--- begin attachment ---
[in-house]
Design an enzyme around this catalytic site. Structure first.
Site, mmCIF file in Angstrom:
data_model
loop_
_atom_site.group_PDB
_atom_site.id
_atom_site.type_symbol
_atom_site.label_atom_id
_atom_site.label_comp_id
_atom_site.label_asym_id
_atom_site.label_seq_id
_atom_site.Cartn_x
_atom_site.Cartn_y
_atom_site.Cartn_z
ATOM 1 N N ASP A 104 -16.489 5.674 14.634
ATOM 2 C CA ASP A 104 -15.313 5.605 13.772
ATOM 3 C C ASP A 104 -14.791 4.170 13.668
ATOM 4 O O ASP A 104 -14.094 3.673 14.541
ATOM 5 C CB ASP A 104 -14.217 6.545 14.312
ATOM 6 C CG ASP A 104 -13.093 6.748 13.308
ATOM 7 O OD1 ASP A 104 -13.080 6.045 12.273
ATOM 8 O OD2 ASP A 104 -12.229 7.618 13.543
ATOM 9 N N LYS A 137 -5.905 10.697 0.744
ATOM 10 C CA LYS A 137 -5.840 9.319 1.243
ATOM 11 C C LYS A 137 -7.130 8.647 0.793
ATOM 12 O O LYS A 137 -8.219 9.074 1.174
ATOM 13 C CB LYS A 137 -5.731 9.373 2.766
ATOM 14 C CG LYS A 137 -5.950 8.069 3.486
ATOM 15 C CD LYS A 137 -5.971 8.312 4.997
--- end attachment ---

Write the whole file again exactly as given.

[in-house]
Design an enzyme around this catalytic site. Structure first.
Site, mmCIF file in Angstrom:
data_model
loop_
_atom_site.group_PDB
_atom_site.id
_atom_site.type_symbol
_atom_site.label_atom_id
_atom_site.label_comp_id
_atom_site.label_asym_id
_atom_site.label_seq_id
_atom_site.Cartn_x
_atom_site.Cartn_y
_atom_site.Cartn_z
ATOM 1 N N ASP A 104 -16.489 5.674 14.634
ATOM 2 C CA ASP A 104 -15.313 5.605 13.772
ATOM 3 C C ASP A 104 -14.791 4.170 13.668
ATOM 4 O O ASP A 104 -14.094 3.673 14.541
ATOM 5 C CB ASP A 104 -14.217 6.545 14.312
ATOM 6 C CG ASP A 104 -13.093 6.748 13.308
ATOM 7 O OD1 ASP A 104 -13.080 6.045 12.273
ATOM 8 O OD2 ASP A 104 -12.229 7.618 13.543
ATOM 9 N N LYS A 137 -5.905 10.697 0.744
ATOM 10 C CA LYS A 137 -5.840 9.319 1.243
ATOM 11 C C LYS A 137 -7.130 8.647 0.793
ATOM 12 O O LYS A 137 -8.219 9.074 1.174
ATOM 13 C CB LYS A 137 -5.731 9.373 2.766
ATOM 14 C CG LYS A 137 -5.950 8.069 3.486
ATOM 15 C CD LYS A 137 -5.971 8.312 4.997